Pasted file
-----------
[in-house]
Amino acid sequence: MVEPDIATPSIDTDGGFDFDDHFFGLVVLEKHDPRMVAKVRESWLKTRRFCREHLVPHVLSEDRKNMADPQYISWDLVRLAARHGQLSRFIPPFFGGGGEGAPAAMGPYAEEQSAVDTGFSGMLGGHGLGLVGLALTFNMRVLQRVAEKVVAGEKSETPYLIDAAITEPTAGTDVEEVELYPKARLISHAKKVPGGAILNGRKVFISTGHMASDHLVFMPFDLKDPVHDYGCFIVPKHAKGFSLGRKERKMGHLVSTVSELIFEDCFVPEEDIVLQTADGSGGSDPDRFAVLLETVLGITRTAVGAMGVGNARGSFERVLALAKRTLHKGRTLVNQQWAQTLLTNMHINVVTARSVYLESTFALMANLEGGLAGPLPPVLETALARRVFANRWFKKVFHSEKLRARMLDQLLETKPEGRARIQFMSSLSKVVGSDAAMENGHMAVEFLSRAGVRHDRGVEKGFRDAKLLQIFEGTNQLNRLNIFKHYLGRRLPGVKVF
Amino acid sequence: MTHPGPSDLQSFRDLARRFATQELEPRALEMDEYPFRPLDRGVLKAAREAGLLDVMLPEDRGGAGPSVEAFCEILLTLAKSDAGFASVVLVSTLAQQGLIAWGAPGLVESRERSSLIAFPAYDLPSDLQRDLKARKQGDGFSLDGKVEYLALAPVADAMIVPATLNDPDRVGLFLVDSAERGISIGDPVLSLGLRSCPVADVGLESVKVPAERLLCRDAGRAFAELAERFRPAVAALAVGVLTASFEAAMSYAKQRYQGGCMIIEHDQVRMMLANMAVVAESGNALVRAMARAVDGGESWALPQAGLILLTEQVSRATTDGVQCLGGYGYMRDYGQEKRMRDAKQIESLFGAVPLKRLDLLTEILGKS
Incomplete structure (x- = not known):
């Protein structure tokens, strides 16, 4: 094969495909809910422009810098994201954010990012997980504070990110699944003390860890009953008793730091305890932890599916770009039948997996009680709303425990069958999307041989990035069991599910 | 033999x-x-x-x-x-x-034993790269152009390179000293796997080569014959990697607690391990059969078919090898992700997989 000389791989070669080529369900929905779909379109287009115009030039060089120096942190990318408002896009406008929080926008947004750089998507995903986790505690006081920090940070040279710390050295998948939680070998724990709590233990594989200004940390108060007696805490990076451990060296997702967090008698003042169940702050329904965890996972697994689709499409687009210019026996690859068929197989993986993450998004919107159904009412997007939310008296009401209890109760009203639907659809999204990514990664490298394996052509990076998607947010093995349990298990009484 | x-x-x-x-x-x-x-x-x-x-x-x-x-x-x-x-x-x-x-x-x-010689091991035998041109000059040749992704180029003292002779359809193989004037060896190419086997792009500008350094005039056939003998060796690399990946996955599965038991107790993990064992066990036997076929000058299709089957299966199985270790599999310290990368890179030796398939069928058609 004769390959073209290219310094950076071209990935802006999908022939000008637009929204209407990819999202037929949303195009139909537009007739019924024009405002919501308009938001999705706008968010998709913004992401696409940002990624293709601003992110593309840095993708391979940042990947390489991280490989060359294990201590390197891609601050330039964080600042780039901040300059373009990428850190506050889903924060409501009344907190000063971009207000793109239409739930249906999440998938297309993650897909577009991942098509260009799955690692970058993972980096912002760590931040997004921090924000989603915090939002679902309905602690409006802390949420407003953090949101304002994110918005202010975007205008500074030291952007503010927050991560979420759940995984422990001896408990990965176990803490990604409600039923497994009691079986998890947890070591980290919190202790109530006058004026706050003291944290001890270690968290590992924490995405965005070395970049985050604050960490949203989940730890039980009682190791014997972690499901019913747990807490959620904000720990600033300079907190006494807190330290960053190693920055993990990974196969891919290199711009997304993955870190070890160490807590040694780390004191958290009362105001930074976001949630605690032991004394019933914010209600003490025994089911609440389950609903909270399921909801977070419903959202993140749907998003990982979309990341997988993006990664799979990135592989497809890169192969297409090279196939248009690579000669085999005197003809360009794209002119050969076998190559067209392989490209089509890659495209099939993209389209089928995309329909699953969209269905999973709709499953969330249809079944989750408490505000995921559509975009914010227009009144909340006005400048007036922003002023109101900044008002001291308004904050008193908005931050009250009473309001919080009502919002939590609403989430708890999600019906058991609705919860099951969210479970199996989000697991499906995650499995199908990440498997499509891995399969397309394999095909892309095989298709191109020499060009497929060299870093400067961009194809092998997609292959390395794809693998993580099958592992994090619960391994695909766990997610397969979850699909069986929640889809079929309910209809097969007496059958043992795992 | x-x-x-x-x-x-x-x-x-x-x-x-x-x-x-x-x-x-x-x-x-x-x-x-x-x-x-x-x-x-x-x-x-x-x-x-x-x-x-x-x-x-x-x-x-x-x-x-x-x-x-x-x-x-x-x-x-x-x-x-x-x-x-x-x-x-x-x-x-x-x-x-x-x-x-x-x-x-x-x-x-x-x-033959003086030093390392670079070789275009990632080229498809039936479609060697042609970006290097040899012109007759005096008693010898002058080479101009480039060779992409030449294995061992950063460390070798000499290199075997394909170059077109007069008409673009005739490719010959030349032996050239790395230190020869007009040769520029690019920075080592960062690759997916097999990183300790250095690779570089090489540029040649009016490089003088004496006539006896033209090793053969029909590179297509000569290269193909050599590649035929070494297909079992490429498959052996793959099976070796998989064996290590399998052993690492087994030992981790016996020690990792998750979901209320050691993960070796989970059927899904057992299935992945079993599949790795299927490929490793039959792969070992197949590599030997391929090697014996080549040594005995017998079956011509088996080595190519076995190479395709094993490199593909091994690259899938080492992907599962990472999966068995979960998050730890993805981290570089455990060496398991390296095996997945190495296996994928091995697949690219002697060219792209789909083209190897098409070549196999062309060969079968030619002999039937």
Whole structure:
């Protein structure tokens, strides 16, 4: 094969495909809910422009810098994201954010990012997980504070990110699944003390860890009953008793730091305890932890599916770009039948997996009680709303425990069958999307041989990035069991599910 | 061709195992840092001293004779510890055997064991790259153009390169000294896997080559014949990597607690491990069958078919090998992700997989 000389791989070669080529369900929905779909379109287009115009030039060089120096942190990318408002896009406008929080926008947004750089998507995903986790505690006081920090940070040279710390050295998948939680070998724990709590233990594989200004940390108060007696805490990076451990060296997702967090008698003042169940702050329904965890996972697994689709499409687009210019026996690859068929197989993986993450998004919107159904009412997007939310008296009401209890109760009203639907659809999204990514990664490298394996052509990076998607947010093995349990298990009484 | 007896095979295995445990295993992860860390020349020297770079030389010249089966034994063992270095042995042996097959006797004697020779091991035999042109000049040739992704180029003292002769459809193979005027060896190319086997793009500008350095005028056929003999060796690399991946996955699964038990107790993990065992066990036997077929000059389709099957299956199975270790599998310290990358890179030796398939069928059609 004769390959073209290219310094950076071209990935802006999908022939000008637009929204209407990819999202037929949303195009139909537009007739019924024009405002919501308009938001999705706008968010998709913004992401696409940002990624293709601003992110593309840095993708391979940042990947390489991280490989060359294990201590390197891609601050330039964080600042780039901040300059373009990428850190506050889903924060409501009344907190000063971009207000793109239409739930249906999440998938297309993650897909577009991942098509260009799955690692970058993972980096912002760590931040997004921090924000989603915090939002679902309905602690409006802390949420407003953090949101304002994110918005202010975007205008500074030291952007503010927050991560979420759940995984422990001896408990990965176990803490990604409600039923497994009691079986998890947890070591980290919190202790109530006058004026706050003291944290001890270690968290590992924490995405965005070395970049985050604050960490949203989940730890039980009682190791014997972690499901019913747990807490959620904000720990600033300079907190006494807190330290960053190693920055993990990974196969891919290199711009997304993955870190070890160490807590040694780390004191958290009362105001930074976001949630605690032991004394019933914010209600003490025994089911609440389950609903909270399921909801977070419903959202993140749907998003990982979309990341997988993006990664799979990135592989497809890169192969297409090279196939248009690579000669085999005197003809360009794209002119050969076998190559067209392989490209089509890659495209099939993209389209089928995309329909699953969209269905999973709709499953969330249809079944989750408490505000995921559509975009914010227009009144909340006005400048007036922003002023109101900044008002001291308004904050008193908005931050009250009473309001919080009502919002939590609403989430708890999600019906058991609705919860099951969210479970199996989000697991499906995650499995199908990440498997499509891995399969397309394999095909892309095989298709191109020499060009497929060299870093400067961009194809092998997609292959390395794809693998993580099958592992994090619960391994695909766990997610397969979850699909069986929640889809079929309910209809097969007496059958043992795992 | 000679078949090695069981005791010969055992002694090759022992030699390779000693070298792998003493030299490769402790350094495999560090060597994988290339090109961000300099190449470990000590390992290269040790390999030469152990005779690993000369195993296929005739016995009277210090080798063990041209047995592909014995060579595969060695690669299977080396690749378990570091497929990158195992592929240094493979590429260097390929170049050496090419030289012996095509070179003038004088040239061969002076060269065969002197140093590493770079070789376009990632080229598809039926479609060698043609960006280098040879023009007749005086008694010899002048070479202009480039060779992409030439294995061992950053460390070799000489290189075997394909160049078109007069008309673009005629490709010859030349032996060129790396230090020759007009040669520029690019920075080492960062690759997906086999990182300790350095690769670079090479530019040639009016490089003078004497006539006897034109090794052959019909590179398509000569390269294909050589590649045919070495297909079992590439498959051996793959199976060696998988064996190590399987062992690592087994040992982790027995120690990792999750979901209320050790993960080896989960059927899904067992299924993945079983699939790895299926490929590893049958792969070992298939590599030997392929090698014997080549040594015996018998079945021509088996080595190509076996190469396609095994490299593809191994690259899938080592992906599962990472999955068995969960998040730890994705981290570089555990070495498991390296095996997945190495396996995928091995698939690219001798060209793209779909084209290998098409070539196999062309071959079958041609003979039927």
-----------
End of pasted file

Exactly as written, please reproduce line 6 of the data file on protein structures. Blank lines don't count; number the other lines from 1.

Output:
Whole structure: